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python project layout

P: n/a
Hi,

What do you guys recommend in terms of python project layout, especially
unit tests layout ?
Zope has unit tests per packages, twisted has a big tests directory full of
tests ... and the file naming convention are also pretty differents ...
I guess there is part of "personnal choices" in those matters ... but there
is also good practice advices that can be gathered I think ...

- h

Jul 19 '05 #1
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P: n/a
Huron wrote:
What do you guys recommend in terms of python project layout, especially
unit tests layout ?
Zope has unit tests per packages, twisted has a big tests directory full of
tests ... and the file naming convention are also pretty differents ...
I guess there is part of "personnal choices" in those matters ... but there
is also good practice advices that can be gathered I think ...


(This is the result of a few years of evolution of our source tree
conventions.) We place all tests in subfolders (named "tests") of the
folders containing the files under test. Unit tests are named for the
unit (module) they are testing, so serial.py would have a unit test file
at tests/serial_unit.py.

"Acceptance" tests (higher level usually black-box functional tests) are
in the "tests" folder of the top level source folder, along with any
unit tests that reside there, and take their name from the number of the
requirement that defined them. Since we're an XP team, we call these
requirements "stories", so the files are named exciting things like
"story001.py" and "story197.py". The specific numbers match up with
either index cards with descriptions of the requirements, or an online
"issue tracker", depending on the project.

We have a little (quite simple) internal utility that lets us easily run
all unit tests under the current folder, or all acceptance tests in the
project, with one command. (Specifically, "uix" and "stix" for unit and
story tests, respectively.) This "test runner" utility scans subfolders
(doing an os.walk basically) and executes each test script in a new
process, to avoid most potential undesirable interactions between tests.

The benefits are straightforward. Tests are easy to find for any file,
but don't "clutter up" the same folder as the files under test. The
naming conventions makes it easy to automate things like the test runner
or other utilities. Running tests (always from a console) takes only a
few seconds so we can do it often. Multiple projects are easily
supported in other directory trees.

-Peter
Jul 19 '05 #2

P: n/a
Hi Peter,

Thanks for you detailed reply.
The layout that you suggest sounds wise to me (I'm about to start a
project).
I confess that, coming from the java world, I've trouble to move away from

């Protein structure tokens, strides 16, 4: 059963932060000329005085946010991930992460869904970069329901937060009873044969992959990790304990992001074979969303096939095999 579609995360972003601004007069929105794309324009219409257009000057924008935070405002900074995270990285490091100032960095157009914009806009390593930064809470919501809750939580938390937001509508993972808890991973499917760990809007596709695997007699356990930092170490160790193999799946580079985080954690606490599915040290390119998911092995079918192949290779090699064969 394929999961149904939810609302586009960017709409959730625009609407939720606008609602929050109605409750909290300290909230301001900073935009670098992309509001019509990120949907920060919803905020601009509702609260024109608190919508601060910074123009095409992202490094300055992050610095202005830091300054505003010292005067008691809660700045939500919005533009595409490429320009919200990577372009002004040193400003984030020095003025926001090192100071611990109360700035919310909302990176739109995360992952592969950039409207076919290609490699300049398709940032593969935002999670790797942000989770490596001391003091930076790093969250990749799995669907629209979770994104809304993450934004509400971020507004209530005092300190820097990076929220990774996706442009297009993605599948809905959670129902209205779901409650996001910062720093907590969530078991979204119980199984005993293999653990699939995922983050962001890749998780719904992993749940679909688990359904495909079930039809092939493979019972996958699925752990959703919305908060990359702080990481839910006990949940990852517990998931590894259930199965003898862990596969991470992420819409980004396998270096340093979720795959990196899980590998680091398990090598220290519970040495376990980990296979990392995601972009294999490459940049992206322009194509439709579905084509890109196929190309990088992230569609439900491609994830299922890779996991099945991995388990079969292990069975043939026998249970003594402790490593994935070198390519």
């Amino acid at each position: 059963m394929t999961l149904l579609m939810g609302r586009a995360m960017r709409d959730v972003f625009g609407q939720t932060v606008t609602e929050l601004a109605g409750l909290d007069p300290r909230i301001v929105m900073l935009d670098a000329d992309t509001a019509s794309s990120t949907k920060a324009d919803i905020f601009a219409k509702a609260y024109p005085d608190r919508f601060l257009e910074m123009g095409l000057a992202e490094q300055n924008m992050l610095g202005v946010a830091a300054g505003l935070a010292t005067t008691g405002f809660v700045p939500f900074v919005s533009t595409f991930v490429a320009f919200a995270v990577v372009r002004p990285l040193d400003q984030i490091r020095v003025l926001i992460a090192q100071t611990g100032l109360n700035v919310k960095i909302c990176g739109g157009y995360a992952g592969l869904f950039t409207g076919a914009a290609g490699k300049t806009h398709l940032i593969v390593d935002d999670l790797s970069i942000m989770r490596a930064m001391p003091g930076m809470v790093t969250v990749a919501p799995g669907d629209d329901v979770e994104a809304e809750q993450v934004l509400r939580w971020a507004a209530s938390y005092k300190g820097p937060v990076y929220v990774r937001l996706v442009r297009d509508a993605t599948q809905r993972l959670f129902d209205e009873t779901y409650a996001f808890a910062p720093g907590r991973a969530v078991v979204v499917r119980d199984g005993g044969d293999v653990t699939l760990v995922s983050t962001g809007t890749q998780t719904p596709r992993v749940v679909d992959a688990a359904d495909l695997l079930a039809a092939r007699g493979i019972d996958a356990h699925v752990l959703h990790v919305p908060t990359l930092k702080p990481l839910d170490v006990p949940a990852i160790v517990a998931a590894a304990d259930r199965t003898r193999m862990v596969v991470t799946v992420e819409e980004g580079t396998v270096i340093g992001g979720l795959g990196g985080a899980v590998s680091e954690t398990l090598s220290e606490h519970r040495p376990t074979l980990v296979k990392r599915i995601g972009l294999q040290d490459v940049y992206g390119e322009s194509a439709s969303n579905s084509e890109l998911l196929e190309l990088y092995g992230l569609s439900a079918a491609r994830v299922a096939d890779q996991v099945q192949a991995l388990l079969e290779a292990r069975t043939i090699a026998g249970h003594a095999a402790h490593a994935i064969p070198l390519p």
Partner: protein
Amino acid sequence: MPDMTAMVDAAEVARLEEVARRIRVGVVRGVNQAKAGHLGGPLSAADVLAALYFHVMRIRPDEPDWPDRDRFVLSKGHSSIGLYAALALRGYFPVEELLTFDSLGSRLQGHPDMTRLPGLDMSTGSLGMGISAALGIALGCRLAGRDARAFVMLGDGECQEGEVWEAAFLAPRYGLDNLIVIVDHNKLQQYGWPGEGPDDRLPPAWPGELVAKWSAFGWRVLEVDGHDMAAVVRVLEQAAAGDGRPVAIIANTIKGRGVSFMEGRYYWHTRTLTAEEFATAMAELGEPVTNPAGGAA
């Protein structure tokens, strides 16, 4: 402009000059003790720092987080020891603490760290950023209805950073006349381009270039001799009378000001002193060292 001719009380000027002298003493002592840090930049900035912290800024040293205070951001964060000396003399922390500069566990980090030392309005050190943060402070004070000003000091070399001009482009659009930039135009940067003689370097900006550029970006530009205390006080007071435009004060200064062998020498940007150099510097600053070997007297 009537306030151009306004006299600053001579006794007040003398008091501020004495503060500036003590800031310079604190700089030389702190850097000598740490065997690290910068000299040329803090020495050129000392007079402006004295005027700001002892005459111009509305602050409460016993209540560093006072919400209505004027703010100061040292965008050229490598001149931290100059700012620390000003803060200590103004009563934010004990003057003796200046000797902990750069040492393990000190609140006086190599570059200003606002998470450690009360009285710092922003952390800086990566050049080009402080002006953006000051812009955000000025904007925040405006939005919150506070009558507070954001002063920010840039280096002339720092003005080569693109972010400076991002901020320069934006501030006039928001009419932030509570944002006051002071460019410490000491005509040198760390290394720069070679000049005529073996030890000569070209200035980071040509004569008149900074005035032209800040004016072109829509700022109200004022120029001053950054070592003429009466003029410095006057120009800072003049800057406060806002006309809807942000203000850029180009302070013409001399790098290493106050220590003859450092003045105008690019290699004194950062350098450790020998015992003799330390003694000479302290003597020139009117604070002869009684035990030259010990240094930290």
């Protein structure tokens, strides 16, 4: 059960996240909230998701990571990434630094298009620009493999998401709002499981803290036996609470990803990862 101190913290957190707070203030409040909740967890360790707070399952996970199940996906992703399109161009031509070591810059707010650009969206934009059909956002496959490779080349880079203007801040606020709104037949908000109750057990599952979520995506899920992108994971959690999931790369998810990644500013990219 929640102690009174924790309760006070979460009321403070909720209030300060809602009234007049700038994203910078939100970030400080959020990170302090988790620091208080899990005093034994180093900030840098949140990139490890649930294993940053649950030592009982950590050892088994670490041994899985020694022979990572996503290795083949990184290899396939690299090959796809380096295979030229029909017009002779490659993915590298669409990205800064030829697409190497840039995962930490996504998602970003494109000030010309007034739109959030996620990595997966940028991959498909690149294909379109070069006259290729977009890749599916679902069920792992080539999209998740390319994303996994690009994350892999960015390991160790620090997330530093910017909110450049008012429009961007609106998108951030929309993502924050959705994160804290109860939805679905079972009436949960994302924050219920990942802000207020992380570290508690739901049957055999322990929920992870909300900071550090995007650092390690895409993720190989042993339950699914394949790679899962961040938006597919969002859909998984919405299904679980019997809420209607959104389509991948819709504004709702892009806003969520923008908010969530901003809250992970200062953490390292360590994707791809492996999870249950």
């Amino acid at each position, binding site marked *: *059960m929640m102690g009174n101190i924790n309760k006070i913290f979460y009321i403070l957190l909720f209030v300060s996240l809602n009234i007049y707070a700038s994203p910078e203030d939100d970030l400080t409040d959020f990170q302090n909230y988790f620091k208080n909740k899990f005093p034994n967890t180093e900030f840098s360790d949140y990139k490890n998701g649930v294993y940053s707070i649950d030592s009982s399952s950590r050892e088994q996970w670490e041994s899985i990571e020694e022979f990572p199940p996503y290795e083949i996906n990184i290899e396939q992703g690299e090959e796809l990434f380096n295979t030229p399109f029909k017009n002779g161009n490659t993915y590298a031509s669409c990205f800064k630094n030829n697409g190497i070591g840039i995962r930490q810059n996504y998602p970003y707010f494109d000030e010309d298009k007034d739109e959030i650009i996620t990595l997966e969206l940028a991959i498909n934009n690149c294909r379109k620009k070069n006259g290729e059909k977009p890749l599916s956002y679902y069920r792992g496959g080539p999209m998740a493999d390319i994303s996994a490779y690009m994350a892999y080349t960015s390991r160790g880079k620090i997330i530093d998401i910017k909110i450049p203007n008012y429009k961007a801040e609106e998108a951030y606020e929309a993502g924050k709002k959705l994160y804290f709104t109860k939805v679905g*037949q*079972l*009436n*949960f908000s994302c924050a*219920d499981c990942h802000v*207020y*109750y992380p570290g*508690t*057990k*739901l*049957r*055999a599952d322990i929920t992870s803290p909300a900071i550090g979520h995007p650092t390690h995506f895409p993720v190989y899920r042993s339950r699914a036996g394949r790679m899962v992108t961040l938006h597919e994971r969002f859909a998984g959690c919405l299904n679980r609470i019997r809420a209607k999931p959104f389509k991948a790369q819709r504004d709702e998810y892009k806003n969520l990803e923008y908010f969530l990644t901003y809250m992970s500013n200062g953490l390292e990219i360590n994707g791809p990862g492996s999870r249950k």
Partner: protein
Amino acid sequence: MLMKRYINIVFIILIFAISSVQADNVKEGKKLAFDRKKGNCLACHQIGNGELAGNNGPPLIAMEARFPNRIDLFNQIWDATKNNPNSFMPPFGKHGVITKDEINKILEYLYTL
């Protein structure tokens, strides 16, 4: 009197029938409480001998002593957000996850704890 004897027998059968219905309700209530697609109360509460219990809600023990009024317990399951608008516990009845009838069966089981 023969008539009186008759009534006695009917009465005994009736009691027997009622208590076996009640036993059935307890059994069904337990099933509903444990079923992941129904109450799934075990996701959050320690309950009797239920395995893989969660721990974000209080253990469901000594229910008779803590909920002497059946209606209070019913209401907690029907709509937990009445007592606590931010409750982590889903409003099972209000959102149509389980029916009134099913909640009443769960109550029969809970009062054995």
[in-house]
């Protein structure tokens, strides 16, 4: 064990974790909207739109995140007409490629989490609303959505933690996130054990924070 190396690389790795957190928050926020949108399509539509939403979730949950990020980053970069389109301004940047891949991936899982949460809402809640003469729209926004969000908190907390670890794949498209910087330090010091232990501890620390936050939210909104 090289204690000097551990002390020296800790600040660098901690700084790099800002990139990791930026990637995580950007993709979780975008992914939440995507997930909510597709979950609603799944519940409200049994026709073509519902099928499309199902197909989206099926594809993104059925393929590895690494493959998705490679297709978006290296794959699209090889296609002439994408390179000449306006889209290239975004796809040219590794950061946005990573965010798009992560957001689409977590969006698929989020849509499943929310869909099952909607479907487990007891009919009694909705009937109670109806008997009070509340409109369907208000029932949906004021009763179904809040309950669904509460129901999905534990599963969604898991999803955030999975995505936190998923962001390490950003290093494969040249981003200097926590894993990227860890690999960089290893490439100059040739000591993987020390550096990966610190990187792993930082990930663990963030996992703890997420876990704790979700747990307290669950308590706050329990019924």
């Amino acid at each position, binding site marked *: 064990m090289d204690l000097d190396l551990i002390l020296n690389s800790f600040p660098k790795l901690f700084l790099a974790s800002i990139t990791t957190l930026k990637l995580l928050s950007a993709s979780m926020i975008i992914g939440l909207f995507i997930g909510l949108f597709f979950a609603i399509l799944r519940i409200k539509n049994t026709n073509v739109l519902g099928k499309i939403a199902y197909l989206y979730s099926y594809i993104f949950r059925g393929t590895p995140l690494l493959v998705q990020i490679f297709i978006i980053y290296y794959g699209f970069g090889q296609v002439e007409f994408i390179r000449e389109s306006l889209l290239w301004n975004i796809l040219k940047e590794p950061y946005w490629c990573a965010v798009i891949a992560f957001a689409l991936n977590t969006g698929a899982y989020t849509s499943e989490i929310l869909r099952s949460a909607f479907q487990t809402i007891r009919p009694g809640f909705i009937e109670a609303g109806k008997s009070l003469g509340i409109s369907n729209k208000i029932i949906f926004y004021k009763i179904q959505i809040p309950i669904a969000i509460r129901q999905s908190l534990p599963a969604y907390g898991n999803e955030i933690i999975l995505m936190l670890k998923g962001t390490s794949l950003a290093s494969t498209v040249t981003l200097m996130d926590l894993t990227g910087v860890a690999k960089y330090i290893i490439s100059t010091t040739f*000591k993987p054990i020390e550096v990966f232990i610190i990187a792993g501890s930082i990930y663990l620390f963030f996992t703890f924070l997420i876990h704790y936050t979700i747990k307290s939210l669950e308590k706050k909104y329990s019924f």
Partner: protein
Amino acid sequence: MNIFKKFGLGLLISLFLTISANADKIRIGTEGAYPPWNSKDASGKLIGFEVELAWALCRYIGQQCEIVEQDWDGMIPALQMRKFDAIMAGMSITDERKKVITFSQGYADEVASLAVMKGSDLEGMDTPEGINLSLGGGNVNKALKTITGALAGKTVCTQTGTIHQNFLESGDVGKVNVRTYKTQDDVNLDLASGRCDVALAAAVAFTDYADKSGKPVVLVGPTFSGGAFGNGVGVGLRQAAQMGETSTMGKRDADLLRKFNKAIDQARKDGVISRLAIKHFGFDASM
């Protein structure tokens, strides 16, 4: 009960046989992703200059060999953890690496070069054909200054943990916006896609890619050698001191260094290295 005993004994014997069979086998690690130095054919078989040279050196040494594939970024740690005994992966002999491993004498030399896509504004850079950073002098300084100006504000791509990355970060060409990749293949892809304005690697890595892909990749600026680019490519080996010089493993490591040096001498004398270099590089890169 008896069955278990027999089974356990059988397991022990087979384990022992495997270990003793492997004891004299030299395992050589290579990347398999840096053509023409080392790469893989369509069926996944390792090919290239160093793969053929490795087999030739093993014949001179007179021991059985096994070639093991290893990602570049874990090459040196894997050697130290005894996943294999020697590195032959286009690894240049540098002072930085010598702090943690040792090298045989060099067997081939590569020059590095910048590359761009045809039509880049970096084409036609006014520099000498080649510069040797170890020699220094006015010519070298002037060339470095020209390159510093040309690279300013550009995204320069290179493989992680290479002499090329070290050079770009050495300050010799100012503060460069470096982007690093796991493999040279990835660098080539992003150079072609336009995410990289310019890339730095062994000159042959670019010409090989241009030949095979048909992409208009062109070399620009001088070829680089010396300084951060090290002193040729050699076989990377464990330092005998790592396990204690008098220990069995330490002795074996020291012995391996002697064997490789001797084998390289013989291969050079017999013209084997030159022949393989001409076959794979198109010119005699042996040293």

the paradigm "one class" = "one file" ... and to gather things inside
"python modules" ...

-- huron
Jul 21 '05 #3

P: n/a
Hi again,

For instance, if you have several classes implementing the same interface
(say, doing the same things with different strategies), how would you
organize that in terms of files (modules) and directories (packages) ?

-- huron

Jul 21 '05 #4

P: n/a
Huron wrote:
Hi Peter,
Thanks for you detailed reply.
The layout that you suggest sounds wise to me (I'm about to start a
project).


I wouldn't necessarily recommend something so complex (not that it's
particular complex, but it's more than just "flat") for a newcomer,
however. One of the few small issues you have to deal with in order to
get such a layout working properly is the "python path" issue, and how
to import modules that are in another folder.

Normally (aside from the standard library and extensions) only the
current directory is in sys.path. Any subfolders that contain
__init__.py modules are "packages" and you can import from them using
the "dotted" notation (e.g. "import mypkg.mymodule" will try to load a
file from ./mypkg/mymodule.py if there is also a ./mypkg/__init__.py
(even if that file is empty!)).

To import a module in the *parent* directory, however, is another story
entirely. You need to get it added to the sys.path, and that's one of
the things done (dynamically) by our test utilities, so we can be in the
tests subfolder and type "story015.py" and have it load modules in the
parent folder.

So in short, start simple and let your layout evolve as you need it to.
Don't try to start with a more complex layout than you need or know
how to handle. And if you're using a revision control system like
Subversion (and you better be using something! :-) ) then it's an easy
matter to rename or move folders at a later time, without losing your
revision history.

-Peter
Jul 21 '05 #5

P: n/a
Huron wrote:
For instance, if you have several classes implementing the same interface
(say, doing the same things with different strategies), how would you
organize that in terms of files (modules) and directories (packages) ?


A concrete example would probably help. What are you envisioning?
Jul 21 '05 #6

P: n/a
> A concrete example would probably help. What are you envisioning?

Let say you have an interface (zope.interface) IMyProduct and two classes
implementing the interface MyProduct1 and MyProduct2 ...
But I think I found the answer. One file each.
Python is just more flexible than java in the sens that you dont NEED to do
"one class" = "one file"

-- h

Jul 21 '05 #7

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